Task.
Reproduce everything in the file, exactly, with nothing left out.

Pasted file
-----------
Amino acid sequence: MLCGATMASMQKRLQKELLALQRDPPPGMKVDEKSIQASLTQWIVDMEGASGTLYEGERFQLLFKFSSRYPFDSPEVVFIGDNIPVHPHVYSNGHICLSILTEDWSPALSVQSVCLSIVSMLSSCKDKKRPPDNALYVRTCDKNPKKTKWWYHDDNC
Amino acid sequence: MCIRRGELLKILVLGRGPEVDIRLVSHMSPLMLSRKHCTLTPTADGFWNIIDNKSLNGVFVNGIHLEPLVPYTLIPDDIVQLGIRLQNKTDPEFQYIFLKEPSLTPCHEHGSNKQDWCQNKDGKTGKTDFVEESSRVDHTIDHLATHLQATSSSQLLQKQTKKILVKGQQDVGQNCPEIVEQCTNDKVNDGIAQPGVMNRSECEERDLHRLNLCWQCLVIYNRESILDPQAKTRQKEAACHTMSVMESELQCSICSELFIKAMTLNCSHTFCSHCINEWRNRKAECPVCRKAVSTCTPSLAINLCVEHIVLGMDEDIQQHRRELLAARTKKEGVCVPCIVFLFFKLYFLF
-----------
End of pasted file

Amino acid sequence: MLCGATMASMQKRLQKELLALQRDPPPGMKVDEKSIQASLTQWIVDMEGASGTLYEGERFQLLFKFSSRYPFDSPEVVFIGDNIPVHPHVYSNGHICLSILTEDWSPALSVQSVCLSIVSMLSSCKDKKRPPDNALYVRTCDKNPKKTKWWYHDDNC
Amino acid sequence: MCIRRGELLKILVLGRGPEVDIRLVSHMSPLMLSRKHCTLTPTADGFWNIIDNKSLNGVFVNGIHLEPLVPYTLIPDDIVQLGIRLQNKTDPEFQYIFLKEPSLTPCHEHGSNKQDWCQNKDGKTGKTDFVEESSRVDHTIDHLATHLQATSSSQLLQKQTKKILVKGQQDVGQNCPEIVEQCTNDKVNDGIAQPGVMNRSECEERDLHRLNLCWQCLVIYNRESILDPQAKTRQKEAACHTMSVMESELQCSICSELFIKAMTLNCSHTFCSHCINEWRNRKAECPVCRKAVSTCTPSLAINLCVEHIVLGMDEDIQQHRRELLAARTKKEGVCVPCIVFLFFKLYFLF